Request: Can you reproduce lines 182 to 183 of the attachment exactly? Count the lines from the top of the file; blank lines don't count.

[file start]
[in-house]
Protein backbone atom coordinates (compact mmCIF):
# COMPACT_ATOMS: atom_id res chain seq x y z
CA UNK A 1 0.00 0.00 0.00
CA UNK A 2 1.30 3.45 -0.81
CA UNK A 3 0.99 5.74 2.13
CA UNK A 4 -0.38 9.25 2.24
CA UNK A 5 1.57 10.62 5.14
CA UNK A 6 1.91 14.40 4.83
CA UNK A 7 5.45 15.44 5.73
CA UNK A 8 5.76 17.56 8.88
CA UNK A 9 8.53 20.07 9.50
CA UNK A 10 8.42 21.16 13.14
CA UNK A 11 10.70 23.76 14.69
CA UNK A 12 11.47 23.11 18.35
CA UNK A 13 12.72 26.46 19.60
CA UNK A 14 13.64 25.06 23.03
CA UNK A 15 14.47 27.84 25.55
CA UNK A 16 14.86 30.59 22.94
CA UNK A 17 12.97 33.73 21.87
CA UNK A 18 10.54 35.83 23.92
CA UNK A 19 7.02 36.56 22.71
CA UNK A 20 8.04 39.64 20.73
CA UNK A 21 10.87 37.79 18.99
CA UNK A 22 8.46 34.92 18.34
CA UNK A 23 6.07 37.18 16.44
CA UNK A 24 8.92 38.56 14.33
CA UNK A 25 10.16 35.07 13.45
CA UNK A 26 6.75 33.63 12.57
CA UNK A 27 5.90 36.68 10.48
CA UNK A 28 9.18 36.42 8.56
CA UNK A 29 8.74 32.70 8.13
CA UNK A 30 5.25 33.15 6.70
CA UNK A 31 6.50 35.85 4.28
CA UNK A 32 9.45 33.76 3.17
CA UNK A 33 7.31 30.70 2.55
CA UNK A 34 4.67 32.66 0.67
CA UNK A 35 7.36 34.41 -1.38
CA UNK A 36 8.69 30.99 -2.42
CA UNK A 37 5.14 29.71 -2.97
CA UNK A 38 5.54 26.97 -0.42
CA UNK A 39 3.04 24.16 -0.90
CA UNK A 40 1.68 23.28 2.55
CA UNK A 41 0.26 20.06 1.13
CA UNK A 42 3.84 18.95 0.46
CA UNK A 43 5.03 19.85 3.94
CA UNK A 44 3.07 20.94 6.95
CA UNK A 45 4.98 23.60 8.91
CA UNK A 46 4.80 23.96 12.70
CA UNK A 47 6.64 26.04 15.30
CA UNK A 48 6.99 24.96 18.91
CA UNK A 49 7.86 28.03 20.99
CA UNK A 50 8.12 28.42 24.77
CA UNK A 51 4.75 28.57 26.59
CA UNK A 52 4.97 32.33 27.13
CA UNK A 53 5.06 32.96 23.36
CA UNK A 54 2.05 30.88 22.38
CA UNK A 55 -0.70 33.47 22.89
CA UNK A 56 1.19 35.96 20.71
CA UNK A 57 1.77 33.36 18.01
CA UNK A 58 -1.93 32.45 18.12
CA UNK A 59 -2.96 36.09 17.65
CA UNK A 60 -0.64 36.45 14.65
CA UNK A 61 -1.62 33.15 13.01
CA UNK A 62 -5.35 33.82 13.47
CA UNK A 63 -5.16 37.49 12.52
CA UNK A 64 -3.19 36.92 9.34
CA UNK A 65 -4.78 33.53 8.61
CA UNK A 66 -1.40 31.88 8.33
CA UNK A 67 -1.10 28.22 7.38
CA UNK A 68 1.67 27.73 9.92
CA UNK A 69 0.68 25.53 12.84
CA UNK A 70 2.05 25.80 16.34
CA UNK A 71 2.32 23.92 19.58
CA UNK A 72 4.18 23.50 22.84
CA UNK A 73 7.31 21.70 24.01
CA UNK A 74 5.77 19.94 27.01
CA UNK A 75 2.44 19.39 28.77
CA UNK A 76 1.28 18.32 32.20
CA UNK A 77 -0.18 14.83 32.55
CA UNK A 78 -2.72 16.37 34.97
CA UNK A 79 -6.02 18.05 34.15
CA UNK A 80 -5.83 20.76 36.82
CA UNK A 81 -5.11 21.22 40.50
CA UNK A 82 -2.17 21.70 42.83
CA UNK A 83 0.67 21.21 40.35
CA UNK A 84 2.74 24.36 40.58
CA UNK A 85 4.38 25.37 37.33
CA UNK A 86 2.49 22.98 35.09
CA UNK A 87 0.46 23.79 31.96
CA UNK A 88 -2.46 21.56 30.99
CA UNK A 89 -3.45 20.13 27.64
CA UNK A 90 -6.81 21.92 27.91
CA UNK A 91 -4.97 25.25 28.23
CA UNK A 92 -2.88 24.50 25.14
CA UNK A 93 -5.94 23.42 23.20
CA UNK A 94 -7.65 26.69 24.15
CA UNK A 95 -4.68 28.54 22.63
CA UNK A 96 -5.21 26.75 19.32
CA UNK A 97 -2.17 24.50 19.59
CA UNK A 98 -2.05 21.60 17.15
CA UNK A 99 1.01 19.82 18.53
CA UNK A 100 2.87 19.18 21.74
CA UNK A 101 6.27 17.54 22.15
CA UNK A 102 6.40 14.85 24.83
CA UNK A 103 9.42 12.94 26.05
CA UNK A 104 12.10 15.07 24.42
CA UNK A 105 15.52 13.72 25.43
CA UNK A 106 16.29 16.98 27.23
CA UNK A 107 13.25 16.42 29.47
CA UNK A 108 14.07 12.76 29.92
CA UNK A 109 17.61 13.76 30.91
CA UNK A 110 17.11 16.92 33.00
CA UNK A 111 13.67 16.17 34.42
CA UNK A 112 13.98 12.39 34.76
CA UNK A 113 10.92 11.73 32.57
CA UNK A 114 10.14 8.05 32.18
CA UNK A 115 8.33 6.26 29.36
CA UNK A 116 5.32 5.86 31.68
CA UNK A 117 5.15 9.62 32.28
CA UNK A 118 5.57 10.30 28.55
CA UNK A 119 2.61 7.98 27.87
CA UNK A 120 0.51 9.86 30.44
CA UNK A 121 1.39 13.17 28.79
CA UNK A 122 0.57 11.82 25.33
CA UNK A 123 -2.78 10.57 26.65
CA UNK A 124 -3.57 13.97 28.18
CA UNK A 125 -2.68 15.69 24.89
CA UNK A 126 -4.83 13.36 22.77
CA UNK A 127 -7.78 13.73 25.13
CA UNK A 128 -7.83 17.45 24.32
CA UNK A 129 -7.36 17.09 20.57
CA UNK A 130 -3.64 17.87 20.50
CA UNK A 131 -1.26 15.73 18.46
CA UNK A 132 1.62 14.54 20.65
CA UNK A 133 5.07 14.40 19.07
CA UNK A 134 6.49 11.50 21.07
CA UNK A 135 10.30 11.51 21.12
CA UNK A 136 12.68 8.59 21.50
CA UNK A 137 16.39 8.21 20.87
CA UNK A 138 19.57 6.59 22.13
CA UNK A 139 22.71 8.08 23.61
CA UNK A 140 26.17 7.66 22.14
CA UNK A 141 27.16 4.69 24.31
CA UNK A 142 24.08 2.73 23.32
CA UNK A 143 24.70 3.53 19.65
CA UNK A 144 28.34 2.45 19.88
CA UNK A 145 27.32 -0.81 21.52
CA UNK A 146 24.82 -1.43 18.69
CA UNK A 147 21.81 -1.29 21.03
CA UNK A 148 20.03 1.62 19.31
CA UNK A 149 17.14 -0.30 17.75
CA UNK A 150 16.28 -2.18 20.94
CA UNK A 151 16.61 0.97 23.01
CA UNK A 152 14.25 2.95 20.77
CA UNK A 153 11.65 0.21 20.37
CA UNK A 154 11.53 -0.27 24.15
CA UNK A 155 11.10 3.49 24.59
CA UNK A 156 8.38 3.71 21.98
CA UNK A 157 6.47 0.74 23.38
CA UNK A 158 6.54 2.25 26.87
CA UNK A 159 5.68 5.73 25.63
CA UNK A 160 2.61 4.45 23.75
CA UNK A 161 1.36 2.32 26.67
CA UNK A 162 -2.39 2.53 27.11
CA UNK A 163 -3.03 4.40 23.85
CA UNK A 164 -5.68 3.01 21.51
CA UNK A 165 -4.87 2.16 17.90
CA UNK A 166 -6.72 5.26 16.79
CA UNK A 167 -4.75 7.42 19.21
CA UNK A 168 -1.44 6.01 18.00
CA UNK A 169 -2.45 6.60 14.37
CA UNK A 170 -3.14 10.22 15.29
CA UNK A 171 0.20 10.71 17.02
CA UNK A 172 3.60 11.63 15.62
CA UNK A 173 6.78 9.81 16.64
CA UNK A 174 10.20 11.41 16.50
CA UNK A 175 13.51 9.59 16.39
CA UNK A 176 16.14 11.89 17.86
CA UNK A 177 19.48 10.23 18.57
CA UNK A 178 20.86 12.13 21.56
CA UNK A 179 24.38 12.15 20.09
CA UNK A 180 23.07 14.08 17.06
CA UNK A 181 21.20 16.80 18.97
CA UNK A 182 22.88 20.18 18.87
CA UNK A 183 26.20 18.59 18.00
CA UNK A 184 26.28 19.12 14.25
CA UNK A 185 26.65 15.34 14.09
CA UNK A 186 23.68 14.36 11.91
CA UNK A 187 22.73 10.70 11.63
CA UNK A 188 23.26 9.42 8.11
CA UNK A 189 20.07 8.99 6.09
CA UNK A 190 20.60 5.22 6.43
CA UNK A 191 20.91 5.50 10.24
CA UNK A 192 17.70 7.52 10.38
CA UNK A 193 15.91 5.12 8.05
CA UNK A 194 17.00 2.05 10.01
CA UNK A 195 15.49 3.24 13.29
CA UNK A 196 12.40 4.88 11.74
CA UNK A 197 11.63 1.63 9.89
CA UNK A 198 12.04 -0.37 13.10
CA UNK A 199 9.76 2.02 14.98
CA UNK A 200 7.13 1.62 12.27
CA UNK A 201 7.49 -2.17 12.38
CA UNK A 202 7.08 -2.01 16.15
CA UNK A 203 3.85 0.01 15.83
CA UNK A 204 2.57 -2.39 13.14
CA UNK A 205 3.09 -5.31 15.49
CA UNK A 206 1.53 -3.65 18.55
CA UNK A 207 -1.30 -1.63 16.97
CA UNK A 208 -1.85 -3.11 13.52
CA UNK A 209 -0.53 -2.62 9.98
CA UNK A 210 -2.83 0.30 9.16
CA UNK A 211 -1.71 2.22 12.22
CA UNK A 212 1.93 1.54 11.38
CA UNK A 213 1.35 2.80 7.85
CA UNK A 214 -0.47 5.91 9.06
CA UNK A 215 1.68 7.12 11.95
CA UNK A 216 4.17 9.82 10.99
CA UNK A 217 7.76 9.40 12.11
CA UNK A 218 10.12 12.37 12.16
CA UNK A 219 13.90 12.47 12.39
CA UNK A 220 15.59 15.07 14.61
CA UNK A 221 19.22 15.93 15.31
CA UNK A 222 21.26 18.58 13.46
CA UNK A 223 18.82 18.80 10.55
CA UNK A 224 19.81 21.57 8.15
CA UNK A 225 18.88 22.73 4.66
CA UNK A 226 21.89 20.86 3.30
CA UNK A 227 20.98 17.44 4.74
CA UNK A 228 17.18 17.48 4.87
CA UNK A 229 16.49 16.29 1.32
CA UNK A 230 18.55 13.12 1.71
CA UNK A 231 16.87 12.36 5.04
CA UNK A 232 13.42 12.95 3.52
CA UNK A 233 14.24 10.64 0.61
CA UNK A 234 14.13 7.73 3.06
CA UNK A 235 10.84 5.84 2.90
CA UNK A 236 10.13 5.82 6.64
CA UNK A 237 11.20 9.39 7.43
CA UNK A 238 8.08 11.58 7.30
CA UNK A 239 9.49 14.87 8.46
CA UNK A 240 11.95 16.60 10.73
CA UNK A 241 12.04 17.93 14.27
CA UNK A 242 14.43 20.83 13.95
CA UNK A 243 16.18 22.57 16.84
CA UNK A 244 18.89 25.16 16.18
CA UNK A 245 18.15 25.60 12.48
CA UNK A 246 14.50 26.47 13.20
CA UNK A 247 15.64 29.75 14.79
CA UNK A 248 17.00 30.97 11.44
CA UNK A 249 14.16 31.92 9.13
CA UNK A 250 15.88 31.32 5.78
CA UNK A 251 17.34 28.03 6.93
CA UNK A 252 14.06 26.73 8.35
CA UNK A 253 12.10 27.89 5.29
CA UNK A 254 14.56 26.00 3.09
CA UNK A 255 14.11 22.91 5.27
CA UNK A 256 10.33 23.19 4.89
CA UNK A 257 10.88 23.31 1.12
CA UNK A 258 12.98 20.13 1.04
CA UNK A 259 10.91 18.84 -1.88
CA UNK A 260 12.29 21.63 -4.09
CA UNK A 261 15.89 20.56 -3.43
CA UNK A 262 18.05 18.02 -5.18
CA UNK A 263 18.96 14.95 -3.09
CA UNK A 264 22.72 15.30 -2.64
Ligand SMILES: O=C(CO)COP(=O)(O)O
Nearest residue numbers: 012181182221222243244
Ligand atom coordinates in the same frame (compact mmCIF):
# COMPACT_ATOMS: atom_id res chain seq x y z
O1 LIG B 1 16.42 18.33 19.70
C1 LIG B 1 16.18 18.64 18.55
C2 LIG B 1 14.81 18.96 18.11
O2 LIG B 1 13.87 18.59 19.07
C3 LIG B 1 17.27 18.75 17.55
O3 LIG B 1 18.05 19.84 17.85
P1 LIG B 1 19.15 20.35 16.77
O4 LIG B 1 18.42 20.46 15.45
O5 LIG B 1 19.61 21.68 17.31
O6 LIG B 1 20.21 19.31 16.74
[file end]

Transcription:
CA UNK A 179 24.38 12.15 20.09
CA UNK A 180 23.07 14.08 17.06